For several years, Julia Fullerton- Batten has focused on the lives of teenage girls, portraying them in her edgy photographs as both awkward giants and expressionless automatons. In her latest series, In Between, she looks at the transition from girlhood to womanhood and the tumult that accompanies that stage. For the project, she cast dancers, who could achieve the unusual positions she was looking for - some appear to be levitating, while others look like they're being tossed about - without looking too polished. "I didn't want professional models because they tend to be overconfident," says Fullerton-Batten, whose work has been embraced by the fine-art world. "I quite like the oddness of girls at this age."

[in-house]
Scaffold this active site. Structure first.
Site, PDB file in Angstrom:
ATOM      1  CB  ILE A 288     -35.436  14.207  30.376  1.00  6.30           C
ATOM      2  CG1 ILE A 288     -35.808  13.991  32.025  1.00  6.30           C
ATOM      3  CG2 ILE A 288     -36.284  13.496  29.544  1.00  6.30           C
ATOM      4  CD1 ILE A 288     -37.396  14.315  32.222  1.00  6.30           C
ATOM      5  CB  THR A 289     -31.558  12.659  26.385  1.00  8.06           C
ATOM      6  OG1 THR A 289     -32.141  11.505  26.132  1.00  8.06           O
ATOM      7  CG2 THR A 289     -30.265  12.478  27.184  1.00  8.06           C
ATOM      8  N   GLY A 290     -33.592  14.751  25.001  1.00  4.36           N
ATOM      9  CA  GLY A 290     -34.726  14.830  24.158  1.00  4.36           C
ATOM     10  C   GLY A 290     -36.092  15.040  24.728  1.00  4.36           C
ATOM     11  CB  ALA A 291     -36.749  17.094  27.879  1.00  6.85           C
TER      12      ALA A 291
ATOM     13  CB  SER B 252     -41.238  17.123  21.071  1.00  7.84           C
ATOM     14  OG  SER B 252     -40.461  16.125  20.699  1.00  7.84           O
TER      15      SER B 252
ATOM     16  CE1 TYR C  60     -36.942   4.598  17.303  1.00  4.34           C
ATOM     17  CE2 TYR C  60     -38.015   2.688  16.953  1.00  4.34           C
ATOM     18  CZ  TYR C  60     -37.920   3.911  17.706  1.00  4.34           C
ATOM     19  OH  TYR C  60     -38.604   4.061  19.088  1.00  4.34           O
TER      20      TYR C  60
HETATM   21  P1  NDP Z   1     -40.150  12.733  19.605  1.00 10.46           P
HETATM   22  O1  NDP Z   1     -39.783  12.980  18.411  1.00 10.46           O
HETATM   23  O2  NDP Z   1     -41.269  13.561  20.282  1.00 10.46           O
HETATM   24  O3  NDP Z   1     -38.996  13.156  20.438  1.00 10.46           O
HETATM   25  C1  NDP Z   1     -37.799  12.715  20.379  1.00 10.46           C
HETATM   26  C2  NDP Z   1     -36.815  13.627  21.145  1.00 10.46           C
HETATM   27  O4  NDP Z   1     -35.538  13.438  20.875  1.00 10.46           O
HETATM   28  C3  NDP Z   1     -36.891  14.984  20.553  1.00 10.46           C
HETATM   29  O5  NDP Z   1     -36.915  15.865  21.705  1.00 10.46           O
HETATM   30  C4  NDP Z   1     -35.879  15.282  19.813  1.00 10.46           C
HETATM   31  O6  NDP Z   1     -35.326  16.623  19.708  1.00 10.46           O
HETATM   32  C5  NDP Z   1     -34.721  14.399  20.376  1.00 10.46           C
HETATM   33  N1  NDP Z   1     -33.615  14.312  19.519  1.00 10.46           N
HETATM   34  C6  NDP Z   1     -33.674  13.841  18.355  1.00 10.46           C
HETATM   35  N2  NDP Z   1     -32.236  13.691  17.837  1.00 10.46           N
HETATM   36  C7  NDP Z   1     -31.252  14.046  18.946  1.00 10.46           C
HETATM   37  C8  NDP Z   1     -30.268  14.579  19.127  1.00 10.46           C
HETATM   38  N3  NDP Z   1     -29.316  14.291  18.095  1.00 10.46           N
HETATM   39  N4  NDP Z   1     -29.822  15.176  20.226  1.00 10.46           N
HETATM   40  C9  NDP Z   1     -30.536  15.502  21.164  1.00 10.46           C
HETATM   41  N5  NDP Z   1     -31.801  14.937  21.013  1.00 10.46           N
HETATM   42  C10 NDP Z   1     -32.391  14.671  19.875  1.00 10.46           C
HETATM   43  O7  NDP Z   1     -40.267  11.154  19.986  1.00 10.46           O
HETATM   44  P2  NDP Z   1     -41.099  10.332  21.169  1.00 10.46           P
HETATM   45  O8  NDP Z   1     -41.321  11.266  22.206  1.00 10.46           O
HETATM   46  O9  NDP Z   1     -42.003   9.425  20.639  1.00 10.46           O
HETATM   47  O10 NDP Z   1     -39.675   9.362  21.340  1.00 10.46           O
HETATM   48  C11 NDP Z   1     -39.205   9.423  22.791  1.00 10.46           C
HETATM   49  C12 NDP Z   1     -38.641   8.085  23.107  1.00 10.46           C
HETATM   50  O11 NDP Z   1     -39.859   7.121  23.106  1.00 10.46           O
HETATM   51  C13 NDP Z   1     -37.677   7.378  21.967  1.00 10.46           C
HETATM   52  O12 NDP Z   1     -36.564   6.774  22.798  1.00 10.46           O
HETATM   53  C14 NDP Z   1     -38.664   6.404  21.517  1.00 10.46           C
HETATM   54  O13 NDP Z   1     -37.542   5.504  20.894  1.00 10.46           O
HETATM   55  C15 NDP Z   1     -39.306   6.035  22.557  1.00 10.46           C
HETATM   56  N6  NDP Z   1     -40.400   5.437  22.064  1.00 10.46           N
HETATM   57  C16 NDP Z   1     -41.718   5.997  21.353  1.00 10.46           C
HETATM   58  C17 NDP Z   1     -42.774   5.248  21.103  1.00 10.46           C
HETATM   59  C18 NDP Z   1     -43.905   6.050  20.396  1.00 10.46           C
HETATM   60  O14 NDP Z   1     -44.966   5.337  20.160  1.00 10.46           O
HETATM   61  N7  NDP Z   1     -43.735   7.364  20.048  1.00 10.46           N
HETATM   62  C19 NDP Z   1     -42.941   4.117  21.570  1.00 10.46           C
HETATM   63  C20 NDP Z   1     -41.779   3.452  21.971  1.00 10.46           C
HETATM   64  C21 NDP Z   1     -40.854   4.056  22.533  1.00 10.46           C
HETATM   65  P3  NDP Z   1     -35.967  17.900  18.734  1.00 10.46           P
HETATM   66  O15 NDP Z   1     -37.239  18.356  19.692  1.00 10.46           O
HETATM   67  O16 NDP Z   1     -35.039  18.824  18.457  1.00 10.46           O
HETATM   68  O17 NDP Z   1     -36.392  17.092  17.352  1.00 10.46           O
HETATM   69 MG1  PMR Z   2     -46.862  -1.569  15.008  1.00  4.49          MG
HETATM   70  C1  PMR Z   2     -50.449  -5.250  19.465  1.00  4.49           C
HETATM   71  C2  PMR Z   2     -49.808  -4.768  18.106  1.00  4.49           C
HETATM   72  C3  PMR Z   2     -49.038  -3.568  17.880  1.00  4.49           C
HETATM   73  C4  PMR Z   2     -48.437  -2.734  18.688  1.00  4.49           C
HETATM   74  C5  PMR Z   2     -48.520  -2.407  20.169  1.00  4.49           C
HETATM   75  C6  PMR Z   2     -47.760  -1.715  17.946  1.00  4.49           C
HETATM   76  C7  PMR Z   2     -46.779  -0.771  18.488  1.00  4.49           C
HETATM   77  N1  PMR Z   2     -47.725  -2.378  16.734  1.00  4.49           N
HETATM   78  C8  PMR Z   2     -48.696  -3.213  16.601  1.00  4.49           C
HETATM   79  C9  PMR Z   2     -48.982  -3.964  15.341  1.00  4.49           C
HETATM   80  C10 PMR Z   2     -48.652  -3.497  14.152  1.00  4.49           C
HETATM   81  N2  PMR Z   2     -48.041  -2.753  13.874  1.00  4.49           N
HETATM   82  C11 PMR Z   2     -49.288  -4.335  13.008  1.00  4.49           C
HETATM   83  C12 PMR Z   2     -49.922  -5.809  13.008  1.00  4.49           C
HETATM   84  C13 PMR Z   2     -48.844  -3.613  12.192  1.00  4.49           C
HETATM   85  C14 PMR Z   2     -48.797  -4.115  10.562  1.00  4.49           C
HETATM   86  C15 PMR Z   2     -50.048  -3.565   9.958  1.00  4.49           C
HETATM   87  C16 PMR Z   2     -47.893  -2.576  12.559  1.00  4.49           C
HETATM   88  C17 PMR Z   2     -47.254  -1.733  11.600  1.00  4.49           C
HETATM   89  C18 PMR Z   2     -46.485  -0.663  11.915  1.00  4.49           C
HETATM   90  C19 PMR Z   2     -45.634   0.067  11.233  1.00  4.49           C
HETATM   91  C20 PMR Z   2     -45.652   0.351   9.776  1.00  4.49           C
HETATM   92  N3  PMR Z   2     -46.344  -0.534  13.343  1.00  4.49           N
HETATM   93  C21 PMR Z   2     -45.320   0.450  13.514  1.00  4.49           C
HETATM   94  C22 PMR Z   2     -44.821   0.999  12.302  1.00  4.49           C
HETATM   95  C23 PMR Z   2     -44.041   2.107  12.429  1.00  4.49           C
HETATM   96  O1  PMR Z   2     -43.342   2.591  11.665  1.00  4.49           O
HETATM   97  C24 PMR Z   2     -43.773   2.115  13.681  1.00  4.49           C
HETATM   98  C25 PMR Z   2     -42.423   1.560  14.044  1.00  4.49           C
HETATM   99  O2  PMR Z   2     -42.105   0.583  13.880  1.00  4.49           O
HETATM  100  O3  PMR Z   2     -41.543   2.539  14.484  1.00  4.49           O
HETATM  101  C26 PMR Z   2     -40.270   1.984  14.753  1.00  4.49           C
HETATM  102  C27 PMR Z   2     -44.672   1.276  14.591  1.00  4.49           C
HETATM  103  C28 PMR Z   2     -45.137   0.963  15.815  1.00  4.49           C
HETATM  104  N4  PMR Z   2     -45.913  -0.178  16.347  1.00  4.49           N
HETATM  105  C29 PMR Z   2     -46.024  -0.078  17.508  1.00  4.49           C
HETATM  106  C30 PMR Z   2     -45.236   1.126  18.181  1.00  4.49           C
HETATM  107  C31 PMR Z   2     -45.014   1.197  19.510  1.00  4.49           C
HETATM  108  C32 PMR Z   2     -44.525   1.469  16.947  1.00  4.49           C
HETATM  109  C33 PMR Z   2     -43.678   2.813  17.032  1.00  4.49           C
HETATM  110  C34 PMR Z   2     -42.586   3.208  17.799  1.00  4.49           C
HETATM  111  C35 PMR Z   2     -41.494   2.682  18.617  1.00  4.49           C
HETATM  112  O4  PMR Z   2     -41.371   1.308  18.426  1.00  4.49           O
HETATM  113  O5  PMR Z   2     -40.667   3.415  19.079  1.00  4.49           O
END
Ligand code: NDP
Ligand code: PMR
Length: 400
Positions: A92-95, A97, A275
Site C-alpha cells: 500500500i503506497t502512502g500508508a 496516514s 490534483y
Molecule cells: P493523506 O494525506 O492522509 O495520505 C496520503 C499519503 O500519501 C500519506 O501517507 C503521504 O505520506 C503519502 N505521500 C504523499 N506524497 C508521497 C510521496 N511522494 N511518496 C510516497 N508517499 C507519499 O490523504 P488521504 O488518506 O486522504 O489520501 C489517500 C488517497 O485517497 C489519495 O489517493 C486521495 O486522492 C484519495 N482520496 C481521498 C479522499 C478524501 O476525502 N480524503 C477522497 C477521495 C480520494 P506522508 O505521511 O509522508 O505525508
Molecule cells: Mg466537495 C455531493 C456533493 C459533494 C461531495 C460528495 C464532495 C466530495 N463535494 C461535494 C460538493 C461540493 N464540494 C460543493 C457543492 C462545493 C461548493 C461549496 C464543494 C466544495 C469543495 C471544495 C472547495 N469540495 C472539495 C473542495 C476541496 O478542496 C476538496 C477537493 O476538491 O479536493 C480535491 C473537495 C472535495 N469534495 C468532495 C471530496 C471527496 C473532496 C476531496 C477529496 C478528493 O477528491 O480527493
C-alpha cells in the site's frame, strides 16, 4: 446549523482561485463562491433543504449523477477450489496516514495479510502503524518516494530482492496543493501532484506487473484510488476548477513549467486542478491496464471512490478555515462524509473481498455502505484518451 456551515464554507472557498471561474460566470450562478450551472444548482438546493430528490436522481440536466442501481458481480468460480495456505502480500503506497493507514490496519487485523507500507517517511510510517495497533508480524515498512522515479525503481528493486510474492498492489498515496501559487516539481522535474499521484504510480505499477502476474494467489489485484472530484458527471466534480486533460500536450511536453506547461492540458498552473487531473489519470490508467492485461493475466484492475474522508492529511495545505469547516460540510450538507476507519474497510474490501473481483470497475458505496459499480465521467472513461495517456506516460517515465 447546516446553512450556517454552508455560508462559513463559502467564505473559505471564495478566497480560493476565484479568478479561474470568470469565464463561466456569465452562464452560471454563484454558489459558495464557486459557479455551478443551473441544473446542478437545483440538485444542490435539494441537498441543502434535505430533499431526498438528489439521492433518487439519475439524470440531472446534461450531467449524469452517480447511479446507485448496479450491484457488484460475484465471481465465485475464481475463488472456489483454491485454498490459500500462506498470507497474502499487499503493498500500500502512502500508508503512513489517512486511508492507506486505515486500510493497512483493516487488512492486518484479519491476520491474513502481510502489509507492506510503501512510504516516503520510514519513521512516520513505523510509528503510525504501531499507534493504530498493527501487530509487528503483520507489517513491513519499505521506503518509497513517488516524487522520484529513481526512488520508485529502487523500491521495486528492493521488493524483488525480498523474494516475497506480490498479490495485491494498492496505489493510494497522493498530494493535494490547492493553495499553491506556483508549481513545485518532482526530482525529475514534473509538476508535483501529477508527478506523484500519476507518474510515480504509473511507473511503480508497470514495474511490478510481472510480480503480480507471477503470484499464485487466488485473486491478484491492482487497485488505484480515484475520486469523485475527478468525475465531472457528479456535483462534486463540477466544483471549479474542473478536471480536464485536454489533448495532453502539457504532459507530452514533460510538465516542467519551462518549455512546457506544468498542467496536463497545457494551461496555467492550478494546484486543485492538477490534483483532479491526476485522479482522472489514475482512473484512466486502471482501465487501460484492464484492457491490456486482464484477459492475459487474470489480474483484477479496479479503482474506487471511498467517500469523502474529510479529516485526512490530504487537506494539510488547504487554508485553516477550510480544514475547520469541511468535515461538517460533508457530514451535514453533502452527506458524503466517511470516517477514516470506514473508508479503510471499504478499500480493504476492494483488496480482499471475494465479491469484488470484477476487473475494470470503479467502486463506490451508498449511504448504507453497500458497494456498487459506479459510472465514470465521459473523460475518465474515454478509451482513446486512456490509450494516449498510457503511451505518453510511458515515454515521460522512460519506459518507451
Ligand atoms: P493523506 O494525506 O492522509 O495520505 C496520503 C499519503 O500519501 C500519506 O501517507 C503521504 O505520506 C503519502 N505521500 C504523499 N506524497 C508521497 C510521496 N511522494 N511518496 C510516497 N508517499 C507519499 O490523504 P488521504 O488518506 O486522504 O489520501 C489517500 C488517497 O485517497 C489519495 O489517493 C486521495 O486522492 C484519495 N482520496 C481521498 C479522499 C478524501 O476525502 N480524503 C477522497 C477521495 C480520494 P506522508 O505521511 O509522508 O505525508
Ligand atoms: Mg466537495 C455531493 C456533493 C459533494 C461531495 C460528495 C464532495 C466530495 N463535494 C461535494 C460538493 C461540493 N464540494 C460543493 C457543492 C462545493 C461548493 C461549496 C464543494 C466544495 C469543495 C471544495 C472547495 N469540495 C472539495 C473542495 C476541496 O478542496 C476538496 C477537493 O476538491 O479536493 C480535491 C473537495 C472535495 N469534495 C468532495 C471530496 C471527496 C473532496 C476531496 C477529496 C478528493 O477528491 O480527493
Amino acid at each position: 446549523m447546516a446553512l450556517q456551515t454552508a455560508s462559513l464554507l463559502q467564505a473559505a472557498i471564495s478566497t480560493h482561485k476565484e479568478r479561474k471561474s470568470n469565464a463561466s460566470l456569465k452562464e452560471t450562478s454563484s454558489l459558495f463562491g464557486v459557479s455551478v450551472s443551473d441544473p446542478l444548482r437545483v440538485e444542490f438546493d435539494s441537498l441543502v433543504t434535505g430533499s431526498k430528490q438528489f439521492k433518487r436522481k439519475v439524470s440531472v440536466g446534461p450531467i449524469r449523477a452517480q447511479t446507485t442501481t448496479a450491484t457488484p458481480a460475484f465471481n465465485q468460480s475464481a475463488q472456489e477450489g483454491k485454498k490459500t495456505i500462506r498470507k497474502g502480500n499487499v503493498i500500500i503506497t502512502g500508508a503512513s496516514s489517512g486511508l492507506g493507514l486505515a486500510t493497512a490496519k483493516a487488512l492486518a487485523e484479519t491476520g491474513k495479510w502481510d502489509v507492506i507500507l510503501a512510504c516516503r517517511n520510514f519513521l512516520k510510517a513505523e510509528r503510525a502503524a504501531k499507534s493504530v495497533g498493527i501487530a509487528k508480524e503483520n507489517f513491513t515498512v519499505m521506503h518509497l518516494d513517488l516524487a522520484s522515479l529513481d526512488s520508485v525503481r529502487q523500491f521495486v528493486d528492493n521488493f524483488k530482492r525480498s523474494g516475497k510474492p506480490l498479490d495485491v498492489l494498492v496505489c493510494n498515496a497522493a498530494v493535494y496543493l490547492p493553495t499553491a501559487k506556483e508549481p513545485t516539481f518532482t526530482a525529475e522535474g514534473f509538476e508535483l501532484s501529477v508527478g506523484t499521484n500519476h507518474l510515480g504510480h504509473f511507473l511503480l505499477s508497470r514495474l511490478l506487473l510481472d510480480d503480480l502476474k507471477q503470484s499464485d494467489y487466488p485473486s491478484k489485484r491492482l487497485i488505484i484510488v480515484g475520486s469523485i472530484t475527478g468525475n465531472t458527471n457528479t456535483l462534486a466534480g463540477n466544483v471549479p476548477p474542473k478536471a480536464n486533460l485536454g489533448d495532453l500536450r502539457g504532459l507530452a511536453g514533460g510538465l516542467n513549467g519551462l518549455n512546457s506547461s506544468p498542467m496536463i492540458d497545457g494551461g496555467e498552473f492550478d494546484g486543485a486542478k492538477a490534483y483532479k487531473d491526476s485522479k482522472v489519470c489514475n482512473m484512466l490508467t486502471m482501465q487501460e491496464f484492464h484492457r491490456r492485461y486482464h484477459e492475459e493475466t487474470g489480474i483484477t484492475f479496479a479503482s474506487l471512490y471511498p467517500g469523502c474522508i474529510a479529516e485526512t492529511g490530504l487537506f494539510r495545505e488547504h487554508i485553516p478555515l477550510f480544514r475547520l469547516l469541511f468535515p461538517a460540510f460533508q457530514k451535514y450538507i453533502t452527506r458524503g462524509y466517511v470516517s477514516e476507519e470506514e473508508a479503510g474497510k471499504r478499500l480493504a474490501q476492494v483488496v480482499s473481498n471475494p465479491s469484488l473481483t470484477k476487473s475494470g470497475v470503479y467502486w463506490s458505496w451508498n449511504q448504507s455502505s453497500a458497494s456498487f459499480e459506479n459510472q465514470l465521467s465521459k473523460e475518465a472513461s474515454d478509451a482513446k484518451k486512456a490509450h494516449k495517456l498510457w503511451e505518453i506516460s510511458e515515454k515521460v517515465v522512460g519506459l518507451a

• Training: Degree in photography from England's Berkshire College of Art and Design
• Photographers she admires: Guy Bourdin, Ruud Van Empel; also sculptor Erwin Wurm Inspired by: Her childhood, particularly the period around her parents' divorce
• Best advice: Don't worry if not everyone loves your work. It's better to do something extreme than something mediocre that everyone thinks is nice.
• Website: juliafullerton-batten.com